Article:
The eyes of those I’ve met haunt me

Charlie Bennett is 'Young Vincentian Officer' for the SVP. He recently joined a Columban/Diocese of Hallam programme exploring the call to welcome the stranger, which included a visit to Calais. In the below article he shares his very honest reflection on his experience, and invites others to take action to support people seeking sanctuary.

A sign reads 'Refugees Welcome'
A sign welcoming refugees

I am not a football fan, never have been and never will be. The overly masculine culture that surrounds it instantly puts me off, the competitive bartering of whose team is better, or why a club would buy one player for this many millions over that one. It simply does not interest me. Except, for this weekend. I was talking to four boys from Eritrea, whose eyes glistened when tentatively asking (with a great amount of hope) if I was from London. I replied that I was from London; an explosion of questions and excitement followed… What part? What team do you support? Have you been to Wembley? For the next hour I talked to them, hearing about their dreams to live in North London, hearing about the football teams they support, and what stadiums they want to go to.

I was overwhelmed by their excitement, by their strong friendship, and their dreams that they wholeheartedly believe will unfold in the coming months and years. To see these four boys who had made their way by foot all the way from Eritrea on the east coast of Africa, through desert, armed borders, and several war zones to reach the port of Calais was incredible. These four had journeyed together, and their strong friendship was so very moving- friendship that some of us can only dream of.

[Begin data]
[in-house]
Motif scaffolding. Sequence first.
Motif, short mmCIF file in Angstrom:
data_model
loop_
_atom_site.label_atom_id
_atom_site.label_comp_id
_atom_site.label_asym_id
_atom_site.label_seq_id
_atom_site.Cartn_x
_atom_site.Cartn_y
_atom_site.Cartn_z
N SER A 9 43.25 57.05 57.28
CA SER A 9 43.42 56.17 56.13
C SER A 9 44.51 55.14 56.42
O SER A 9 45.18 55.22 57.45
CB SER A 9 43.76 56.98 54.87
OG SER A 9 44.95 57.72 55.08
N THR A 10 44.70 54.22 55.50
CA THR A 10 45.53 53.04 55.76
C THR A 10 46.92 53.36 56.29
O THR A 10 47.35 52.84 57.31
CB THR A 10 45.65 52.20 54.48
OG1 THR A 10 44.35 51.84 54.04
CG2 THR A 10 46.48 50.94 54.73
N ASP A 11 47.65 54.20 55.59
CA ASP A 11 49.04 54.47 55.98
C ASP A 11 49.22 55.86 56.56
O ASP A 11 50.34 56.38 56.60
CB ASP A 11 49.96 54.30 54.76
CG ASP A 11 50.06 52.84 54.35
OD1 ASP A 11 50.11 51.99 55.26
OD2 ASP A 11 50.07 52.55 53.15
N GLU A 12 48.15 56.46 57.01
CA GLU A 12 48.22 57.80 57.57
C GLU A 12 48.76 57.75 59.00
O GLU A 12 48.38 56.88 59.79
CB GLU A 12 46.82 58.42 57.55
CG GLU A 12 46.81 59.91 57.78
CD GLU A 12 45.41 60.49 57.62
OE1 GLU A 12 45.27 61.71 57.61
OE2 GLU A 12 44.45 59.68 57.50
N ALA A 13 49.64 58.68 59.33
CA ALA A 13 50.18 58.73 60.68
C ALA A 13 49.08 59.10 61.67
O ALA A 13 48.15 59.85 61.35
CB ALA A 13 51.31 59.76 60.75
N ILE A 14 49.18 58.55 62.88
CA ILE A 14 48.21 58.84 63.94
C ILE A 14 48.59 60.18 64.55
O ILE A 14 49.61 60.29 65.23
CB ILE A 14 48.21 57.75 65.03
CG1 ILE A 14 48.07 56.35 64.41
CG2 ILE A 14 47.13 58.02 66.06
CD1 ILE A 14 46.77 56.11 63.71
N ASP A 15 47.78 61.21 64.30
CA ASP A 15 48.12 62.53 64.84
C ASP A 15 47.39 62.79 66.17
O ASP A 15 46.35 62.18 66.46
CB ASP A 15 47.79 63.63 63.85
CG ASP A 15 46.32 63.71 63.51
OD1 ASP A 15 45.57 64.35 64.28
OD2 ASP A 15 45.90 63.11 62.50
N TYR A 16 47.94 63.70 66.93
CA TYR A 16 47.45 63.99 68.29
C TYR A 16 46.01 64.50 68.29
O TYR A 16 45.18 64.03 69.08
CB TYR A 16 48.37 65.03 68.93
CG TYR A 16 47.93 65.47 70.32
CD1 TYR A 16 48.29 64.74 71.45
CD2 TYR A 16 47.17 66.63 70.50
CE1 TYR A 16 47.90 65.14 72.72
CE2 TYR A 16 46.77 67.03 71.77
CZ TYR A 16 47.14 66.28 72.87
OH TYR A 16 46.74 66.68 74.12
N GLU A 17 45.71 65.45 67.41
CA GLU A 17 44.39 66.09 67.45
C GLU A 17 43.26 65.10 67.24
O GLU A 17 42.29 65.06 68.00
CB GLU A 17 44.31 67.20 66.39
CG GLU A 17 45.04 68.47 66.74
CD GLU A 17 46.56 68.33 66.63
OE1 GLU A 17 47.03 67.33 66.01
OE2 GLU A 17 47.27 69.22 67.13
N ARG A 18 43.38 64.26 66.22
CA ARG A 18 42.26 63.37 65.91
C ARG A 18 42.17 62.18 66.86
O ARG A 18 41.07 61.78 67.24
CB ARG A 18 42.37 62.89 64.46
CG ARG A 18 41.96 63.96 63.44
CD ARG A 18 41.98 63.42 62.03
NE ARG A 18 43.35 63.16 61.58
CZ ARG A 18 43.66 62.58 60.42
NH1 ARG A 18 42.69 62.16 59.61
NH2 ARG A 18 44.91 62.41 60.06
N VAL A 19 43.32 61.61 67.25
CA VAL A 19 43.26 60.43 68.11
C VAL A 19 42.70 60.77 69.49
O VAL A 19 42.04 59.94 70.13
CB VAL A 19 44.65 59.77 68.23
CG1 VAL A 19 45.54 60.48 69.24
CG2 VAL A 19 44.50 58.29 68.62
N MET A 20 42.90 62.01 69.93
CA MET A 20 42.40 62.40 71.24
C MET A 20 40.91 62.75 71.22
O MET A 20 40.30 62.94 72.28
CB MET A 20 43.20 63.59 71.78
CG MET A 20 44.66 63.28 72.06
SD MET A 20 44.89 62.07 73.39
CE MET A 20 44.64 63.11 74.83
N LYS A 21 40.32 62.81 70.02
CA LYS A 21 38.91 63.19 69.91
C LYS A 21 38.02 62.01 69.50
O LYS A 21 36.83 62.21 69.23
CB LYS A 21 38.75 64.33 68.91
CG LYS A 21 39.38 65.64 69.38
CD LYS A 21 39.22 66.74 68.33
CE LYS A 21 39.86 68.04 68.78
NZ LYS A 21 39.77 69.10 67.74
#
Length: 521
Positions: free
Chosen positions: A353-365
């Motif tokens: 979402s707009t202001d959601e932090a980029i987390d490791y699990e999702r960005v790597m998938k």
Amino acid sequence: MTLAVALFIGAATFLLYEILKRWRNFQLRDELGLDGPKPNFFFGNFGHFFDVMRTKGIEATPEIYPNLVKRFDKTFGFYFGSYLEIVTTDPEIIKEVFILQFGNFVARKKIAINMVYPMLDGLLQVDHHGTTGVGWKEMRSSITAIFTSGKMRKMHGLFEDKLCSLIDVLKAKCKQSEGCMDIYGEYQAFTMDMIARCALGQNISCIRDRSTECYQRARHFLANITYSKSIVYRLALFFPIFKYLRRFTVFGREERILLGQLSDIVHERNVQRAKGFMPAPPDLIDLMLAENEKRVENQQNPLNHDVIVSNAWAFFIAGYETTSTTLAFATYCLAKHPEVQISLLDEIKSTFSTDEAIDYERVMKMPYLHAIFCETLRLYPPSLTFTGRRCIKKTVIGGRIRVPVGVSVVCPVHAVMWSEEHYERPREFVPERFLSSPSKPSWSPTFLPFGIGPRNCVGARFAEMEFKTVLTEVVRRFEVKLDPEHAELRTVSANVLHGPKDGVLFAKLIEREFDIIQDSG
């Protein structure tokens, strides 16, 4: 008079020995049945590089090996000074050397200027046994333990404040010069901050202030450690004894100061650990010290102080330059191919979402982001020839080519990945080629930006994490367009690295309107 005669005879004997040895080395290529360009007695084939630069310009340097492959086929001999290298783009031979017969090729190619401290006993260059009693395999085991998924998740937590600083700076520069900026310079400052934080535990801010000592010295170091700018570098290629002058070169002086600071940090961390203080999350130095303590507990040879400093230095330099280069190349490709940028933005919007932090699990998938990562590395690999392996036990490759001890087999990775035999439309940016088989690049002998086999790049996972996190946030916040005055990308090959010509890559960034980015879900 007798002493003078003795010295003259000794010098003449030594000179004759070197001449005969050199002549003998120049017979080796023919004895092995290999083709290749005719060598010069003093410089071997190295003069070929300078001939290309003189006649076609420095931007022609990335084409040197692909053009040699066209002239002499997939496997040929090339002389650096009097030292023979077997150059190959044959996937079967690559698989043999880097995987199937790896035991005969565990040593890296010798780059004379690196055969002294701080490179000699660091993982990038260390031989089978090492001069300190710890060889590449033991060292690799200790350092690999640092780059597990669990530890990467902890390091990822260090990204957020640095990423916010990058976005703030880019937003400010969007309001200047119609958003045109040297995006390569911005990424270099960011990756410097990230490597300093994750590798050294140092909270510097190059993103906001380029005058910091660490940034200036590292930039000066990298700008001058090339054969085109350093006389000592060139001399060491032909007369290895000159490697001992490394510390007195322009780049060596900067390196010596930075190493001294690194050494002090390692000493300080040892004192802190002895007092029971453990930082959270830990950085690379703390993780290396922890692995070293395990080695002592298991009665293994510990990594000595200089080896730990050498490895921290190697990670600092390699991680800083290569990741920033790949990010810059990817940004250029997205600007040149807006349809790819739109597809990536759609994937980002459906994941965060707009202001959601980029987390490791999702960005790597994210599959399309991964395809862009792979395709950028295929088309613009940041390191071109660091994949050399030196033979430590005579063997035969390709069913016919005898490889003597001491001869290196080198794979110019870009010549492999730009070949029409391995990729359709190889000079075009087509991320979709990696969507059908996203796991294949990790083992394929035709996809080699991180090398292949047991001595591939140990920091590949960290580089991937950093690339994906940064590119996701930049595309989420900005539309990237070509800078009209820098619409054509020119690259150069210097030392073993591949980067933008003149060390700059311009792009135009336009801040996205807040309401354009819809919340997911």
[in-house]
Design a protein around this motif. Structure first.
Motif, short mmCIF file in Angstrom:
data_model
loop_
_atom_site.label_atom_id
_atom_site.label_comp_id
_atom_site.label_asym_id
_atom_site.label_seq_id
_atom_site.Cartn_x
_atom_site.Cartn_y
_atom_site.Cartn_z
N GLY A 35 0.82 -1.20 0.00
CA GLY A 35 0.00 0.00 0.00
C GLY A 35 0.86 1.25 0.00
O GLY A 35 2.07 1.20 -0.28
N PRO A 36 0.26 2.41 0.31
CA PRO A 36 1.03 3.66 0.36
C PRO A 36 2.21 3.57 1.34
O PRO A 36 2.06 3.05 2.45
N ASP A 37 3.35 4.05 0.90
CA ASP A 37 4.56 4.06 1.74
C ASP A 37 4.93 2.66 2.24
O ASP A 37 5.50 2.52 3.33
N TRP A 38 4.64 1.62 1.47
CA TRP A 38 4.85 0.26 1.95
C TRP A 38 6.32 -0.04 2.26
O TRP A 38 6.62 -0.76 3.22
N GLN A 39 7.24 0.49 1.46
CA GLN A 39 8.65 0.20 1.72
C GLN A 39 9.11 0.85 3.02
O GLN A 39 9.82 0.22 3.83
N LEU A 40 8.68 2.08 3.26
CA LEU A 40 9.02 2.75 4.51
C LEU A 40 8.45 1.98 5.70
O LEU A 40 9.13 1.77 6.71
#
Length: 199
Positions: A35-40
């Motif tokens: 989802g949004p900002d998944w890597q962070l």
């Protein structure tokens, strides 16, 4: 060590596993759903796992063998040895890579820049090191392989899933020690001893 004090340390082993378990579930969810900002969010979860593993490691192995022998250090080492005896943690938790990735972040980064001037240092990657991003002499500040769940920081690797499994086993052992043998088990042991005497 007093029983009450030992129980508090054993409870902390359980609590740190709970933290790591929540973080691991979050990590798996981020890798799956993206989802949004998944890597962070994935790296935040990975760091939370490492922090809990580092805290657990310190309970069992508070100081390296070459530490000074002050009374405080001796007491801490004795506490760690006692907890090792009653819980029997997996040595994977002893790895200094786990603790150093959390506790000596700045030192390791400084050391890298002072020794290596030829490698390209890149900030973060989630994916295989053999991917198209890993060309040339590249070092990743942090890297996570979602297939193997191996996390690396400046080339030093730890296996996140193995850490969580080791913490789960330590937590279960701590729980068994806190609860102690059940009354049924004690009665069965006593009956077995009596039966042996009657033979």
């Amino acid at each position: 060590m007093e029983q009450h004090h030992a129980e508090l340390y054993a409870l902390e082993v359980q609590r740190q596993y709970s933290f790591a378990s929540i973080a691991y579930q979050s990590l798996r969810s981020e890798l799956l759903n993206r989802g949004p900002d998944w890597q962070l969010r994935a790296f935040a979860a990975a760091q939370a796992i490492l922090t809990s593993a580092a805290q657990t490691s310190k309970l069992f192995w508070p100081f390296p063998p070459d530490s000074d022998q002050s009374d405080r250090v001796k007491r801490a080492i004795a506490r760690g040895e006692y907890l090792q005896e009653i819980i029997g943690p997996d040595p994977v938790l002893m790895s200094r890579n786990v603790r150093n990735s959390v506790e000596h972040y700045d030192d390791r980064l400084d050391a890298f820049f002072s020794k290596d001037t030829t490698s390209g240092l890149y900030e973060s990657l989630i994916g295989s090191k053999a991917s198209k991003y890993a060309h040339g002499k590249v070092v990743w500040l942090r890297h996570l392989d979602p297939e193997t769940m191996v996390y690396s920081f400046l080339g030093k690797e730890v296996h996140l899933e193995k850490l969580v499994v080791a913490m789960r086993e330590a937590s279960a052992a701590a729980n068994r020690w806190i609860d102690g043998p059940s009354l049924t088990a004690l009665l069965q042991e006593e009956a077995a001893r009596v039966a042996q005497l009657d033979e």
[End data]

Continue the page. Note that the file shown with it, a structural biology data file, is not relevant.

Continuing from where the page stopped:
Charlie with other volunteers on the visit to Calais refugee camp
Charlie (back row, far left) with other participants in the programme on the visit to Calais

Yet my heart was failing within me. I remember reading Psalm 22 years ago and finding the phrasing really odd and ignoring the passage due to confusion. Now I knew what it meant; “My heart has turned to wax; it has melted within me.”

As these boys were laughing and beaming with life and joy I could not subdue the sinking feeling, nor ignore the reality that these boys might not make it across the channel alive. I had seen the 13 foot fence that cruelly snaked along the border in France. The barbed wire fences, the army of border guards, and ever patrolling search boats are among a few of the 500million pound precautions to prevent refugees making their way to safety. As well as that, you have the traffickers who daily pile too many refugees into tiny dinghies, and set them across the choppy English Channel. Mission impossible has nothing on the refugees that seek safety across the Channel.

Volunteers stand on the beach overlooking the English Channel
Participants stand on the beach overlooking the English Channel

Will my four friends make it safely across? Will they live to see their dreams come true to see Chelsea play Arsenal at Stamford Bridge? And if they do, will that band of four brothers be complete, or will there be one or more missing? Lost either to the sea or to despair in one of the inhumane detention centres across this Noble Isle of ours.

One of the educators on our trip, from Our Lady’s in Lancaster, really moved me. She said “The eyes of those I’ve met haunt me. Eyes of hope and friendliness, masking deep deep trauma. Some of those eyes will be closed by the sea, some will close their own through despair in our barbaric inhumane system. And some eyes will never feel safe enough to let the tears run free and let healing begin. I hope they always haunt me, until a revolution of dignity and love rises up and frees those who are oppressed. May we begin.”

May this be my message to you… Rise up with tears of anger, allow yourself to be challenged, and start a revolution of peace, love, and dignity in which all the oppressed may walk free.

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